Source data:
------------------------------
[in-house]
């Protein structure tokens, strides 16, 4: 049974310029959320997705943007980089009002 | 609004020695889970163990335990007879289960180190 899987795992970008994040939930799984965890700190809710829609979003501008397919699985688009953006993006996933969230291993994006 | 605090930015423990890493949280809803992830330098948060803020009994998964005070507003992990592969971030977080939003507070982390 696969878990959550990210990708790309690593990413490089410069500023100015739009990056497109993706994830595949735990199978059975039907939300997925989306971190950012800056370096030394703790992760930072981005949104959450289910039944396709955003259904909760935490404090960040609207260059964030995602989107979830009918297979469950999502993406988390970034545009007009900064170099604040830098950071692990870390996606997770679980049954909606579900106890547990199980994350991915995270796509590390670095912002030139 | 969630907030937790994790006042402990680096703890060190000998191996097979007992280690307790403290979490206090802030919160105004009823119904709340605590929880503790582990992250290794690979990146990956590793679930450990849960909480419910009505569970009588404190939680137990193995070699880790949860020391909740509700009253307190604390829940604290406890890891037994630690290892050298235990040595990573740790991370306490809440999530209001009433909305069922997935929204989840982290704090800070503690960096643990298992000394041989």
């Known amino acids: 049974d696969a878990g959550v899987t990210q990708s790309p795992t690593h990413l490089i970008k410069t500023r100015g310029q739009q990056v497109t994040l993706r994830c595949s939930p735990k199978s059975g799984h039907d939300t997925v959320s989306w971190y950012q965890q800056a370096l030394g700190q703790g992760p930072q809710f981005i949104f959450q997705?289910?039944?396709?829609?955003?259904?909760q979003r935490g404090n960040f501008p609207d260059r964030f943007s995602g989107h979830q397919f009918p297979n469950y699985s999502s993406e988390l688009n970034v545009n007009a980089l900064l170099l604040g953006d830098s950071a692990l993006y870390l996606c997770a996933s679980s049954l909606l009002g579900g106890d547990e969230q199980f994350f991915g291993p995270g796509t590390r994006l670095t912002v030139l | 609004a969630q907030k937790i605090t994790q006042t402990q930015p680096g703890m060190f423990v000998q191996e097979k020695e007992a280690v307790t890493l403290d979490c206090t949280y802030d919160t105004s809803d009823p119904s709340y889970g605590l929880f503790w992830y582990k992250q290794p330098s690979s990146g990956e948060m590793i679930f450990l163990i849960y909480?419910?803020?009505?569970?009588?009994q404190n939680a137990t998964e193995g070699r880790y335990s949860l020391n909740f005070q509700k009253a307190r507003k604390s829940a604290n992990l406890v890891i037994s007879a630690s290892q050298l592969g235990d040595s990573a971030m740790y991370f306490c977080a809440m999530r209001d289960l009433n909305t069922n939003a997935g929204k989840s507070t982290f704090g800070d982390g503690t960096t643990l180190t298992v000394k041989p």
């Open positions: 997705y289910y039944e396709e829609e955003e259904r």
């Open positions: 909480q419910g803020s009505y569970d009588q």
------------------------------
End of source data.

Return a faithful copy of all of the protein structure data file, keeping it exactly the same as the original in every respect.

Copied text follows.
[in-house]
């Protein structure tokens, strides 16, 4: 049974310029959320997705943007980089009002 | 609004020695889970163990335990007879289960180190 899987795992970008994040939930799984965890700190809710829609979003501008397919699985688009953006993006996933969230291993994006 | 605090930015423990890493949280809803992830330098948060803020009994998964005070507003992990592969971030977080939003507070982390 696969878990959550990210990708790309690593990413490089410069500023100015739009990056497109993706994830595949735990199978059975039907939300997925989306971190950012800056370096030394703790992760930072981005949104959450289910039944396709955003259904909760935490404090960040609207260059964030995602989107979830009918297979469950999502993406988390970034545009007009900064170099604040830098950071692990870390996606997770679980049954909606579900106890547990199980994350991915995270796509590390670095912002030139 | 969630907030937790994790006042402990680096703890060190000998191996097979007992280690307790403290979490206090802030919160105004009823119904709340605590929880503790582990992250290794690979990146990956590793679930450990849960909480419910009505569970009588404190939680137990193995070699880790949860020391909740509700009253307190604390829940604290406890890891037994630690290892050298235990040595990573740790991370306490809440999530209001009433909305069922997935929204989840982290704090800070503690960096643990298992000394041989």
């Known amino acids: 049974d696969a878990g959550v899987t990210q990708s790309p795992t690593h990413l490089i970008k410069t500023r100015g310029q739009q990056v497109t994040l993706r994830c595949s939930p735990k199978s059975g799984h039907d939300t997925v959320s989306w971190y950012q965890q800056a370096l030394g700190q703790g992760p930072q809710f981005i949104f959450q997705?289910?039944?396709?829609?955003?259904?909760q979003r935490g404090n960040f501008p609207d260059r964030f943007s995602g989107h979830q397919f009918p297979n469950y699985s999502s993406e988390l688009n970034v545009n007009a980089l900064l170099l604040g953006d830098s950071a692990l993006y870390l996606c997770a996933s679980s049954l909606l009002g579900g106890d547990e969230q199980f994350f991915g291993p995270g796509t590390r994006l670095t912002v030139l | 609004a969630q907030k937790i605090t994790q006042t402990q930015p680096g703890m060190f423990v000998q191996e097979k020695e007992a280690v307790t890493l403290d979490c206090t949280y802030d919160t105004s809803d009823p119904s709340y889970g605590l929880f503790w992830y582990k992250q290794p330098s690979s990146g990956e948060m590793i679930f450990l163990i849960y909480?419910?803020?009505?569970?009588?009994q404190n939680a137990t998964e193995g070699r880790y335990s949860l020391n909740f005070q509700k009253a307190r507003k604390s829940a604290n992990l406890v890891i037994s007879a630690s290892q050298l592969g235990d040595s990573a971030m740790y991370f306490c977080a809440m999530r209001d289960l009433n909305t069922n939003a997935g929204k989840s507070t982290f704090g800070d982390g503690t960096t643990l180190t298992v000394k041989p």
């Open positions: 997705y289910y039944e396709e829609e955003e259904r």
């Open positions: 909480q419910g803020s009505y569970d009588q």